Filmmakers Dominique Cardona and Laurie Colbert Don’t Give Up


Dominique Cardona and

Laurie Colbert’s story is a sort of cinephile’s dream come true. The filmmakers

behind acclaimed documentaries Thank God

I’m a Lesbian
, My Feminism, and the

recent festival darling Finn’s Girl

met and fell for one another over a mutual love of film — and they’ve been

working in their chosen field ever since.

“She didn’t speak

English and I didn’t speak French — and we just had our 20th anniversary,”

Colbert recalled. They first met in Paris, where Cardona was moonlighting as an

attorney and running a feminist cinema club on the side. “It was just

interesting that we didn’t start out at all speaking the same language. But we

loved films, and I think that’s what started our relationship.”

Dominique Cardona (left) and

Laurie Colbert

It’s not so hard to

imagine that a couple of strident film buffs would want to try their hand at

the craft, especially considering the passion both women have for activism and

their subject matter of choice: out and proud lesbians and feminists. “It

was 1988 or ’89, and we decided to do a documentary on something that we would

like to talk about and nobody thought to do,” said Cardona, “which

was lesbians who are happy with being a lesbian.”

That documentary became Thank God I’m a Lesbian. Cardona continued: “The only

documentaries at the time about lesbians were [like] ‘Oh, you have to forgive

them, because life is tough for them.’ We wanted to show lesbians who were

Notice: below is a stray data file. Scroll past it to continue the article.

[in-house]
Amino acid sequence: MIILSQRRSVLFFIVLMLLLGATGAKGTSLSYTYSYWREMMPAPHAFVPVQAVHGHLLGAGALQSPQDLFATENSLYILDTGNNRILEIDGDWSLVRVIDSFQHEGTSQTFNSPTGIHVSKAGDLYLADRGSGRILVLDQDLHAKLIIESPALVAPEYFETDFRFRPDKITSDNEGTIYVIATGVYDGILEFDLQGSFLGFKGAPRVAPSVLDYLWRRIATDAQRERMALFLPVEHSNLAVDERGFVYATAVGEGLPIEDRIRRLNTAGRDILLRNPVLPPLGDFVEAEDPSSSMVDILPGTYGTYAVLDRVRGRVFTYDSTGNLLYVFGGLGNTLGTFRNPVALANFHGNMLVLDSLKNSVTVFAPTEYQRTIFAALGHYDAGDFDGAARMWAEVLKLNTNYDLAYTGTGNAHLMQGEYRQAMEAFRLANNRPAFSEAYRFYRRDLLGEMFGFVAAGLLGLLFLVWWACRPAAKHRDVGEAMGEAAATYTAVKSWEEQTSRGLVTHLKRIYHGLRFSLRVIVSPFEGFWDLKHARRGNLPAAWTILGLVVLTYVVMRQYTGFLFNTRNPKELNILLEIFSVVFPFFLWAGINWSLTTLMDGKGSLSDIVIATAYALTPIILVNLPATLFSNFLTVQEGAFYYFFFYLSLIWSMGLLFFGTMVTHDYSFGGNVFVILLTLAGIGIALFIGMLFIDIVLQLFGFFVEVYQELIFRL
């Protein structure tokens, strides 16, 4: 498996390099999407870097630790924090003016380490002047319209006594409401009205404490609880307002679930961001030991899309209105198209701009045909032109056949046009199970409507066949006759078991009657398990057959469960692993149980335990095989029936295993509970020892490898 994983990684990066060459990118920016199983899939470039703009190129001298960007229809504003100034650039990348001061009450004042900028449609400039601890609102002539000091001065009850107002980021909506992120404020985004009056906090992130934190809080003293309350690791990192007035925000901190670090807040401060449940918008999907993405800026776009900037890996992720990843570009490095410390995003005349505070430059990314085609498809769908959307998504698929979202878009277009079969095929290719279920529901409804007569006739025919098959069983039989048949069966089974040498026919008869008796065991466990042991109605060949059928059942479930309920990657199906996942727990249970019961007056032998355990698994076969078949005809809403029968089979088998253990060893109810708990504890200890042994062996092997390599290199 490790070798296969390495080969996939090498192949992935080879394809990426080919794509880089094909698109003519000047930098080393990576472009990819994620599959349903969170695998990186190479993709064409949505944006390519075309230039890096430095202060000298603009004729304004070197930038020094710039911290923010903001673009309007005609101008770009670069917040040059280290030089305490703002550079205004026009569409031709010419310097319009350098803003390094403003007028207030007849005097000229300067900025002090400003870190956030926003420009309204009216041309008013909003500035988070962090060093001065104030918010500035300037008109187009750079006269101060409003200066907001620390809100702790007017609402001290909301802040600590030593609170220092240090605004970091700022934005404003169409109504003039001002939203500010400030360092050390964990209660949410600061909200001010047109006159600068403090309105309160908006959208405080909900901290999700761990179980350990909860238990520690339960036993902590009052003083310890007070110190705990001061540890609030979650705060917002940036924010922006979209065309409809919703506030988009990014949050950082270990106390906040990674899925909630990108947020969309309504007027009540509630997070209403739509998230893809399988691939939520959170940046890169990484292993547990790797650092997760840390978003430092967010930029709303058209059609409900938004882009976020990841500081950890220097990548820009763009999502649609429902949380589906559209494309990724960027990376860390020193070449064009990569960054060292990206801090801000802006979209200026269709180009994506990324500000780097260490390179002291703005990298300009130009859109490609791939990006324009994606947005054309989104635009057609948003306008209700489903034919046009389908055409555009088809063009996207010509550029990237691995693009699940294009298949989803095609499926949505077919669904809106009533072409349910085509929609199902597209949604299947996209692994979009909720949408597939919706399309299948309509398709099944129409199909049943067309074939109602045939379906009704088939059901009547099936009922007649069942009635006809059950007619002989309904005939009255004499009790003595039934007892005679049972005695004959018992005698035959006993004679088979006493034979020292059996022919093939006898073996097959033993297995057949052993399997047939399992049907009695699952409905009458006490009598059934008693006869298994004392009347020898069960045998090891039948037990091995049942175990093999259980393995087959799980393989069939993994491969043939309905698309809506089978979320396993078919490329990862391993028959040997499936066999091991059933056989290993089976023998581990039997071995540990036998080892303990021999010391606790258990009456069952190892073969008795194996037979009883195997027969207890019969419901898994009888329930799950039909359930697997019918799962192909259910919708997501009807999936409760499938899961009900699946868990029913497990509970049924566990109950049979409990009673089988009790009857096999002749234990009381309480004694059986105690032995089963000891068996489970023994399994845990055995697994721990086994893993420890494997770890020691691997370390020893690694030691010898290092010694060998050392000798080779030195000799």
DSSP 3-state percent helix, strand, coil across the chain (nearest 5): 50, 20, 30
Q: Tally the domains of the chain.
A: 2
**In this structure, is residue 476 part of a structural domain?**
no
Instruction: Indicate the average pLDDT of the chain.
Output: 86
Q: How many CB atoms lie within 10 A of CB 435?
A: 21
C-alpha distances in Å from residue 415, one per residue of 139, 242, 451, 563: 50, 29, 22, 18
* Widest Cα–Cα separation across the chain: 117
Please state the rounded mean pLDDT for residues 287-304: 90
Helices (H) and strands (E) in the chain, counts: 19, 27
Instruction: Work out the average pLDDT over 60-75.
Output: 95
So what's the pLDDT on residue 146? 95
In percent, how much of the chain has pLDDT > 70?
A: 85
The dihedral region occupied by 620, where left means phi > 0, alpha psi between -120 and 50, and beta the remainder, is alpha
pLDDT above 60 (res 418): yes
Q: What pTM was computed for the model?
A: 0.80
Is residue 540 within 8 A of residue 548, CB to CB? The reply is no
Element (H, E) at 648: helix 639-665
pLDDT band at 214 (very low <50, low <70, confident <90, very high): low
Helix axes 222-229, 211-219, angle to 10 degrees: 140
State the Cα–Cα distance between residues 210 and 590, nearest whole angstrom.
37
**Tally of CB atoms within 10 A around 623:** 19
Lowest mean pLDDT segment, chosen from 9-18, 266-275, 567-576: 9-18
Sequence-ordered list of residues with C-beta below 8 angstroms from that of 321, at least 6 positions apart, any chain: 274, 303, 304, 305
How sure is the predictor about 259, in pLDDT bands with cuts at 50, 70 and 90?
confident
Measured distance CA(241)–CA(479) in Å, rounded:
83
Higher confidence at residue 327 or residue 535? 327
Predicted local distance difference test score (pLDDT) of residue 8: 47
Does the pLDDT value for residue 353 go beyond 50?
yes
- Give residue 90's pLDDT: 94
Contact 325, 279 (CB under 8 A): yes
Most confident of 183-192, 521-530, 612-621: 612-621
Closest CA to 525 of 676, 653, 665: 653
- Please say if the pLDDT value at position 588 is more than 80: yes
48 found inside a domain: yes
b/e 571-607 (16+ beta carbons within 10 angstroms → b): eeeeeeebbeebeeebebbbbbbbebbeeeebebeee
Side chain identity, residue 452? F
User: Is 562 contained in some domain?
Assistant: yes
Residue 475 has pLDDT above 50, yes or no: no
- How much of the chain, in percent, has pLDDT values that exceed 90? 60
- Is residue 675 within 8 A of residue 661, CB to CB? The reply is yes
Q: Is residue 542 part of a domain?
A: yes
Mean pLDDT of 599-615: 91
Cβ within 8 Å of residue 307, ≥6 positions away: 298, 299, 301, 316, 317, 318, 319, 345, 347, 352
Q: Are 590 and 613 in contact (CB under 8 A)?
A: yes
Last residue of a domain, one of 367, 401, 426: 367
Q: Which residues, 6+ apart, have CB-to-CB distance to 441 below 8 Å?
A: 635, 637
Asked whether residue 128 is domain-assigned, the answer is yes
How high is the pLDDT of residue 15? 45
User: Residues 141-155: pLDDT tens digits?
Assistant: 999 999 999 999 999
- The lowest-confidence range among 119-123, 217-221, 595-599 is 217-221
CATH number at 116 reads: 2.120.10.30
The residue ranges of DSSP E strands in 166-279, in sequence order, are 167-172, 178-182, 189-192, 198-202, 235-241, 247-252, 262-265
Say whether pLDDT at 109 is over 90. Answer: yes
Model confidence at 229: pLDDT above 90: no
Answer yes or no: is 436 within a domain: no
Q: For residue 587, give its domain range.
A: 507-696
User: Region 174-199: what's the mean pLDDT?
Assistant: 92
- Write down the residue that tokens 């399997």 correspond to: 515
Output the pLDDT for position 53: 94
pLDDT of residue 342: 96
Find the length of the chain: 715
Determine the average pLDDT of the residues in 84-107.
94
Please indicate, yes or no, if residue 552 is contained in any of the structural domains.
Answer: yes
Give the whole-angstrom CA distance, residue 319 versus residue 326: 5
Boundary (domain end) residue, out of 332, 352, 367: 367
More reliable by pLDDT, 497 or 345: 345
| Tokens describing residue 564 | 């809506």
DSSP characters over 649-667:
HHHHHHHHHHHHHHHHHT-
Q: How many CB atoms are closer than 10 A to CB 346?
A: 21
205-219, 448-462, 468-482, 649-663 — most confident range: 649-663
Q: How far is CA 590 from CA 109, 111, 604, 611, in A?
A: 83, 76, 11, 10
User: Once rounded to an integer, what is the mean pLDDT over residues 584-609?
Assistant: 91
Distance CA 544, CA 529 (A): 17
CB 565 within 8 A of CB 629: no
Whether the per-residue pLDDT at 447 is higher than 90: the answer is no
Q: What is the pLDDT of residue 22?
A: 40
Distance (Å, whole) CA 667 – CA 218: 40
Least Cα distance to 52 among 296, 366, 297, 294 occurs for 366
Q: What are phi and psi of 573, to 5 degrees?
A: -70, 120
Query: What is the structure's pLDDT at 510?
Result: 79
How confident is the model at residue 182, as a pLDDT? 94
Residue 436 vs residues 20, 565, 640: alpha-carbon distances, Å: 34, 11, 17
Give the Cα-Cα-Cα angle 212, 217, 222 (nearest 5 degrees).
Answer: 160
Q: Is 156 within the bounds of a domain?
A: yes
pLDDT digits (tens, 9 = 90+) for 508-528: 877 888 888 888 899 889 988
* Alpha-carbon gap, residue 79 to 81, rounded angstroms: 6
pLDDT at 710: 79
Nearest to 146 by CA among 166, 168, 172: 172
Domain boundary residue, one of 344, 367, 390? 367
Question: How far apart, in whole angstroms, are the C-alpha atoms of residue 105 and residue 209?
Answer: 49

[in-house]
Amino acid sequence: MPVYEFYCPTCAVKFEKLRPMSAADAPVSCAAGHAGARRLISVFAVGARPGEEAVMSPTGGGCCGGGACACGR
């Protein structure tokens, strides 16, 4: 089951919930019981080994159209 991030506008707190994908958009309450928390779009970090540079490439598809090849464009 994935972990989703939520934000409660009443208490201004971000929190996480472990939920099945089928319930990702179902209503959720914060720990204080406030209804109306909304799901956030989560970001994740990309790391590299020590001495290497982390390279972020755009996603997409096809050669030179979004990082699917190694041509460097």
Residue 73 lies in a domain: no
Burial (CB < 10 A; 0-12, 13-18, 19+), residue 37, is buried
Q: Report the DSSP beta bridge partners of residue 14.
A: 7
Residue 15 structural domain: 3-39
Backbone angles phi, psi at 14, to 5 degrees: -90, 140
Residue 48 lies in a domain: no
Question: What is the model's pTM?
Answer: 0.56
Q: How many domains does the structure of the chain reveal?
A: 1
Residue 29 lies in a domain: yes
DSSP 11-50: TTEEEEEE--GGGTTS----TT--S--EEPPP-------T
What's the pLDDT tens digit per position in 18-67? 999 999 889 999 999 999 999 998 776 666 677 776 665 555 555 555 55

totally accomplished, and it was not about a coming-out story.”

Thank God I’m a Lesbian was just the beginning, and it showed off

the sensibility that all of Colbert and Cardona’s films display at their very

core, right up to Finn’s Girl. That

film took on issues ranging from abortion rights to single lesbian motherhood, and

centered on Finn (Brooke Johnson), a middle-aged abortion doctor and her

11-year-old daughter, Zelly (Maya Ritter), not long after Finn’s partner (and

Zelly’s birth mother) has passed away.

It may sound like heavy

subject matter for a first-time feature, but Colbert and Cardona were ready for

the challenge — particularly with their penchant for thoughtful,

feminist-oriented work. “Was it difficult?” Cardona asked. “Not

really,” she said, “because when you do a documentary, you have an

idea of what you want to speak about, but you have to wait for the people you

choose to interview to give you those little pearls that will be the core of

your film. The great thing about fiction is that you can decide to speak about

something, or some issue, or some people and you can have the actor say those


Colbert said: “Well,

first we did a short film called Below

the Belt
, which is a coming-out story about two girls. It did very well.

From there, it was interesting because — Alliance Atlantis wanted us to expand

it into a feature, and probably the dumbest thing we ever did was not do that.

We said ‘No, no, we want to do this film about a lesbian abortionist who’s in

her ’40s, that’s much more interesting!’ They were like, horrified, and that

was the end of that relationship.” She laughed.

The desire to do a film

that resonated on a deeper level really kept the filmmakers on track. “It’s

funny, because we had the idea for a long time after My Feminism,” Colbert continued, “because we really

wanted to do something about someone we felt was an activist, not necessarily

marching around — but we wanted to do a story about a woman who went to Gay

Pride, marched around, had a career, but was really like a dyke.”

After a pause, she added:

“You have to realize, we made a film called My Feminism and another called Thank

God I’m a Lesbian
— we’re kind of immersed in these things. We just live a

politicized life, so therefore that’s what interests us.”


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